kINKED is going to be available next week. Before it comes out we wanted to give you a chance to hear directly from some of the contributors.

Embracing the Dark

by Renee Dominick

At some point in my late teens I decided to own my love of dark entertainment. Up until then I put it down to an addiction to Stephen King novels and growing up in the often-dreary Pacific Northwest. But when I moved onto my university campus—with its requisite art-house movie theater filled with psychologically dark and complex films—it didn’t take long to understand my preference wasn’t rain-related, but brain-related.

Image from Celebsip.com

I’m not talking about gore-movie kind of dark (although I do love me some Walking Dead). My favorite King books were always the ones exploring the dark side of the human psyche. The Stand, Misery, the early Dark Tower books (and here may I just say, OMG Idris Elba as The Gunslinger! *drools*). I got hooked on movies like Blue Velvet, Blood Simple and Sid and Nancy. I revel in stories that delve into the shadowy corners of the mind and soul, not necessarily to wallow there, but to offer a contrast to the slivers of light.

It makes having wandered into writing romance seem like a contradiction, but I don’t see it that way. Love, whether romantic, spiritual, or platonic, is often a powerful source of light in the dark. The human condition is filled with incongruity and dissonance, a ripe set-up for deep, emotional storytelling. Love-hate. Pain-pleasure. Wounds and healing. Scar tissue. Within the context of a love story, the darker elements carry extra gravity, and reaching the light at the end of the tunnel can feel like a true triumph for the characters, not just having made it out, but having made it out as more than they went in.

Of course, dark stories are not everyone’s cup of tea. Many romance readers want an escape from the world of bleak concerns. I do appreciate that, but here is the beauty of the world of Romance: there is something for everyone, from sweet rom-com to dark, erotic psychological suspense. Many of us read at along at least part of the spectrum, not just in one zone. And sometimes, stepping out of one’s comfort zone as a reader can provide surprising emotional satisfaction, whether it’s from dark paranormal to rollicking contemporary comedy, or vice versa.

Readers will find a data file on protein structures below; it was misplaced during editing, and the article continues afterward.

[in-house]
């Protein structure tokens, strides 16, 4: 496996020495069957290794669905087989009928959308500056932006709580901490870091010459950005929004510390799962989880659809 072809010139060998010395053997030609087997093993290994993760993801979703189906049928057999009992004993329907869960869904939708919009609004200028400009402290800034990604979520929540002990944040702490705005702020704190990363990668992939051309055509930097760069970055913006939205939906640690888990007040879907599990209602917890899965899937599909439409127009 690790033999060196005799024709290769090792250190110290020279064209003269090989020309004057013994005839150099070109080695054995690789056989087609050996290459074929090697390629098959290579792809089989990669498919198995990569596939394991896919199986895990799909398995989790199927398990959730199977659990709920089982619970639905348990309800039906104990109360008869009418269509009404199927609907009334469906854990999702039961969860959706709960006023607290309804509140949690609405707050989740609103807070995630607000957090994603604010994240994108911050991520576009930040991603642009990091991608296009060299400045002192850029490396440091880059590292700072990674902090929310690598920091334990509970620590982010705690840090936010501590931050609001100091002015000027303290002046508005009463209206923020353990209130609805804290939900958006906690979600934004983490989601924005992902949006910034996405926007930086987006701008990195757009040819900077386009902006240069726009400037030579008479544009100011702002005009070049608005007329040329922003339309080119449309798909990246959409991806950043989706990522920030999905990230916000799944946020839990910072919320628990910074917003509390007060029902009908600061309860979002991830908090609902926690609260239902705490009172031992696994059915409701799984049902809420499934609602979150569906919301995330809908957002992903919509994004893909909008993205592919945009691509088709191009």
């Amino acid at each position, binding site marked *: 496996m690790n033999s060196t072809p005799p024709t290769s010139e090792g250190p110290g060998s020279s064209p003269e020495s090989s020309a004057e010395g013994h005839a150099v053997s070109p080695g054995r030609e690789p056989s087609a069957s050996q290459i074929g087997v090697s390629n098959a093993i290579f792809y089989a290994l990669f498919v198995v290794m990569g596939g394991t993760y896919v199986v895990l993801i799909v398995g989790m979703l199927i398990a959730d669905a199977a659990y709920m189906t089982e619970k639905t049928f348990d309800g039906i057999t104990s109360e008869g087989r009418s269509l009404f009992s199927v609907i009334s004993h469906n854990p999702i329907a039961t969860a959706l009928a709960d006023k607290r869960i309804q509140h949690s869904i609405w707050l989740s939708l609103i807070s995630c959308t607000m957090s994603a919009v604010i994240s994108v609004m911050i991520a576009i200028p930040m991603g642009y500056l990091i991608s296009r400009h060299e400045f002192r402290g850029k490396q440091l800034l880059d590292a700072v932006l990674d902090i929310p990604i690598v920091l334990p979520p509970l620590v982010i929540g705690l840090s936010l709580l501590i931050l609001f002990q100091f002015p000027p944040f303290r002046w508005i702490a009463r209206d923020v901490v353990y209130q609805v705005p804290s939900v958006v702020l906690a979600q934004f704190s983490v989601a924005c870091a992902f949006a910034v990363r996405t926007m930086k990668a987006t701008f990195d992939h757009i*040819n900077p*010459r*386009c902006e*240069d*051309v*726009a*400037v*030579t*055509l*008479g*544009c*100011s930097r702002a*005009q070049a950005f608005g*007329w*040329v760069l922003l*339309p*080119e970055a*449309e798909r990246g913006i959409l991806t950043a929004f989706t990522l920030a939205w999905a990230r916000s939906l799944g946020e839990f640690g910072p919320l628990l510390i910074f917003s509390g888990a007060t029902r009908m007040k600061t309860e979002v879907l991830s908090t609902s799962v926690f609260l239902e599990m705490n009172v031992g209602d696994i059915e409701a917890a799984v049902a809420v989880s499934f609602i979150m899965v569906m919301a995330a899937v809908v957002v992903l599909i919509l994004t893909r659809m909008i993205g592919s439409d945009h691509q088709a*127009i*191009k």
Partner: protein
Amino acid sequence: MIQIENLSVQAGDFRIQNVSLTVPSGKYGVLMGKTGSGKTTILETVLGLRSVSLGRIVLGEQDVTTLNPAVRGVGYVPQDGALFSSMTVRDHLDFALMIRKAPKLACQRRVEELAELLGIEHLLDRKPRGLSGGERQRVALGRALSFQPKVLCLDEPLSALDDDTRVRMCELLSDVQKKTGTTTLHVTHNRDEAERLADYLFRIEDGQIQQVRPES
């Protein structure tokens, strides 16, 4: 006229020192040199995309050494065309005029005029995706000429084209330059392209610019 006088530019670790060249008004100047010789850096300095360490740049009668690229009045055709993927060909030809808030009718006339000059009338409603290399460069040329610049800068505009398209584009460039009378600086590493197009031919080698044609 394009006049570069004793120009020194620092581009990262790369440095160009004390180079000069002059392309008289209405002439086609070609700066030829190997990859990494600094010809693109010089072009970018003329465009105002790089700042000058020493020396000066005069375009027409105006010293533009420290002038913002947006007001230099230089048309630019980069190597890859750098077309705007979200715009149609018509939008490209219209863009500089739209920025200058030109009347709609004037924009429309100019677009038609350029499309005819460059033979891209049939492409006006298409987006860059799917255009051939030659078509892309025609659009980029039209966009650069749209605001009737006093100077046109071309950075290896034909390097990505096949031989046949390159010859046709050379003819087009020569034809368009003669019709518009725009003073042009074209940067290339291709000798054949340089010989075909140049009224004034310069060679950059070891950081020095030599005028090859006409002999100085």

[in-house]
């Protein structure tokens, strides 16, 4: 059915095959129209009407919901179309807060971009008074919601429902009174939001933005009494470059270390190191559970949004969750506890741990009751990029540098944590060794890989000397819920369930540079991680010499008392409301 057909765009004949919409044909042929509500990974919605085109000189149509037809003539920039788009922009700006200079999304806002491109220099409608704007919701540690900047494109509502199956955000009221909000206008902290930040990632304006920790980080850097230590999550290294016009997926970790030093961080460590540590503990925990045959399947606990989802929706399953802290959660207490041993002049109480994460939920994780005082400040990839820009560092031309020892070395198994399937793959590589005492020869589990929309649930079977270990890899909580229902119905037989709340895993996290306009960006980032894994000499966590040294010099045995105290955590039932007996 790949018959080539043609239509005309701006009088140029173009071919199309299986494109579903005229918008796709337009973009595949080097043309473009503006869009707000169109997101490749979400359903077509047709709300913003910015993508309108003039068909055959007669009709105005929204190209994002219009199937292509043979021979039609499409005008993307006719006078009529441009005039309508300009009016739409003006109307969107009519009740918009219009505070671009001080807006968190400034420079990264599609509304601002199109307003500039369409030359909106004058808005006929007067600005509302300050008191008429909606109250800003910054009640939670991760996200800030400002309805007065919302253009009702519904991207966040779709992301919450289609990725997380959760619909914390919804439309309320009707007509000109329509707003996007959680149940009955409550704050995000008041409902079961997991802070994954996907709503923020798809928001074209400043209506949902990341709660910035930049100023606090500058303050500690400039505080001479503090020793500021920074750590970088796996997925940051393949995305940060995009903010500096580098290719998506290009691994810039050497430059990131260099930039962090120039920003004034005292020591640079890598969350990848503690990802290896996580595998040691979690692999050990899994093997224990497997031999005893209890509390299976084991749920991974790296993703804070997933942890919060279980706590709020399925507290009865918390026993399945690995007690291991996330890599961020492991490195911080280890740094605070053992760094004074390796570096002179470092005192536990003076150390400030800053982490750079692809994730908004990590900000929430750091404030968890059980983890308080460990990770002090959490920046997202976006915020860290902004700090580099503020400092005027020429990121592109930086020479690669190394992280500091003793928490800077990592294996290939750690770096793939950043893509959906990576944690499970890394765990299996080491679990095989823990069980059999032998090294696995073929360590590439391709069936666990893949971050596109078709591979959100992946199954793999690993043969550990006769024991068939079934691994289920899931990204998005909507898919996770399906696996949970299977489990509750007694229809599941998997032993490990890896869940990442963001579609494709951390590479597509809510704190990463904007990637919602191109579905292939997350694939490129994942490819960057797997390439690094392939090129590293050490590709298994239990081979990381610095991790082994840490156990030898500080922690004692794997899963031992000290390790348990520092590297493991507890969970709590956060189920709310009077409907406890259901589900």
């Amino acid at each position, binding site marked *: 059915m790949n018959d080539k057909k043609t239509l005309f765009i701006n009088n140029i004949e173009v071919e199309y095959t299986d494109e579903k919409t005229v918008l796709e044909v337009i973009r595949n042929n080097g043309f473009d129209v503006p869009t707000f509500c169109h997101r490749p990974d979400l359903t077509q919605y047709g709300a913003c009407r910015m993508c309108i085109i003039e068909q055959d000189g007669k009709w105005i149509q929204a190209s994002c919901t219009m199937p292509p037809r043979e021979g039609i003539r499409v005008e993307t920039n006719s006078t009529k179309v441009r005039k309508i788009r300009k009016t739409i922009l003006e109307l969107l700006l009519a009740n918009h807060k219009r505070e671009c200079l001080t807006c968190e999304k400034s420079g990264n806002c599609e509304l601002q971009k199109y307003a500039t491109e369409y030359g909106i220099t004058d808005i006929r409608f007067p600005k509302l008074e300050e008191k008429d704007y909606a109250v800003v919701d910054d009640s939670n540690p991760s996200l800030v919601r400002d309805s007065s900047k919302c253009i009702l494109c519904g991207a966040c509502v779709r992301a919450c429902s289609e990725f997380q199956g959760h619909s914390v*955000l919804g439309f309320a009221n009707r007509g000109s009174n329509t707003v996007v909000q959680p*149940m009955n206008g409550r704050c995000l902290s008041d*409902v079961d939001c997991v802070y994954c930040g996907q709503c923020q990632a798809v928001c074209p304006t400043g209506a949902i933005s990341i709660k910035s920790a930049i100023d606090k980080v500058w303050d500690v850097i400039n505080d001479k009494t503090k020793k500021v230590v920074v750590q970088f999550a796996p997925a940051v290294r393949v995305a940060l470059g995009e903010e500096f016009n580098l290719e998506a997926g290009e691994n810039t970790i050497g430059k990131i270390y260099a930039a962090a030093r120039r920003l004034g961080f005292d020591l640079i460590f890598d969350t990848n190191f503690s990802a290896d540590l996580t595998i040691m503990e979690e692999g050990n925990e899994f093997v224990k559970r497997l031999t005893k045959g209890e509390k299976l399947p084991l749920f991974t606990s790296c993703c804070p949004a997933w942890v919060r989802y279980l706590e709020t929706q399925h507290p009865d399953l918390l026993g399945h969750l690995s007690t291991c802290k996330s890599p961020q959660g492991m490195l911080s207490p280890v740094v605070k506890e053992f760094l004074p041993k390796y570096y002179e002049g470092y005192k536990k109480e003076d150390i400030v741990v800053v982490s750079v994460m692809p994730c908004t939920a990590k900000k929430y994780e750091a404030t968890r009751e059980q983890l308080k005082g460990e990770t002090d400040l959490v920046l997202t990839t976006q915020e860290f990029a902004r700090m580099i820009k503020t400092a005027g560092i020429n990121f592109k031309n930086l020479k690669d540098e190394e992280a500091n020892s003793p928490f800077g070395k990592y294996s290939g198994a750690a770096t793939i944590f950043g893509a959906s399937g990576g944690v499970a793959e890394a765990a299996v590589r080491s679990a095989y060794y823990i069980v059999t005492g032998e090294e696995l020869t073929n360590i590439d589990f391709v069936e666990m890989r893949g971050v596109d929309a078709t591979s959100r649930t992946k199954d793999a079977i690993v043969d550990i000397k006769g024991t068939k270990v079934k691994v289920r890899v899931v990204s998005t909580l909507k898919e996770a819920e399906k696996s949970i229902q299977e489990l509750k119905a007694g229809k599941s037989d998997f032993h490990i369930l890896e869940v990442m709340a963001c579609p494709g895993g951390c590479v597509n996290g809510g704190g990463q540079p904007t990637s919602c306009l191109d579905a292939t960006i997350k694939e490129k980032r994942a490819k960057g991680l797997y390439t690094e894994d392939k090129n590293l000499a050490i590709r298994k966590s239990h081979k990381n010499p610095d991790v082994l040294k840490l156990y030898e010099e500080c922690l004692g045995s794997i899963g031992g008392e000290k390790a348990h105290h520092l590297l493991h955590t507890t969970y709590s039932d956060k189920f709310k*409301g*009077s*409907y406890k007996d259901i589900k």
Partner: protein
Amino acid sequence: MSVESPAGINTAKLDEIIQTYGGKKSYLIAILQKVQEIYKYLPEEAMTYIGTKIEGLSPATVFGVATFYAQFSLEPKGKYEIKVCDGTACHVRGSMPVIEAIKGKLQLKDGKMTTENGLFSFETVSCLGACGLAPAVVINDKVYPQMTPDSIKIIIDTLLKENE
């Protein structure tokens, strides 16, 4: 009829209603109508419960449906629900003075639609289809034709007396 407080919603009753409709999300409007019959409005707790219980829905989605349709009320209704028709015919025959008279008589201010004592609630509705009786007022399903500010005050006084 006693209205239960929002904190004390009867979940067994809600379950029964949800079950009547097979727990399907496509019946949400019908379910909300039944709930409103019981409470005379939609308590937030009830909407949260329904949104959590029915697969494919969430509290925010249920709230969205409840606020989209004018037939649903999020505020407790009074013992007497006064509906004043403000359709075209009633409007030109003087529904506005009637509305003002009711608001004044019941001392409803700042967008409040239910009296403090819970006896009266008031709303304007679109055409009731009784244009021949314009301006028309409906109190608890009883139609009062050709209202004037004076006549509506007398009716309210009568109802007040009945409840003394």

I find writing, and reading, about damaged people inching toward love—two steps forward, one step back—infinitely compelling. To explore how (as our kINKED editor Cori Vidae once described my characters in Through Glass A Stranger) “two broken people rubbing their jagged edges against one another” manage to fall together without inflicting mortal wounds can be challenging. The conflicts and struggle are weighty, the tension high, and often we can’t understand how it can possibly come to a happy ending. And yet, in Romance, it always does.

So, give me dark. Dark protagonists, shadowy settings, twisty plots that make me, and the characters, work for the HEA. I enjoy the challenge of reading (and writing) flawed, even unlikeable characters, only to end up rooting for them hard. And if I fall in love with them a little—or more than a little—along the way, that’s even better.


Renee Dominick is the spicy-side alter ego of a Seattle area writer who loves both the quiet of the woods and the energy of a vibrant, big city. She adores everything about Italy (except maybe squid-ink), and gets her thrills skiing moguls when the snow calls. Her travels, both real and imaginary, inspire all of her stories.

Follow her on Twitter @Renee_Dominick or her website at ReneeDominick.com


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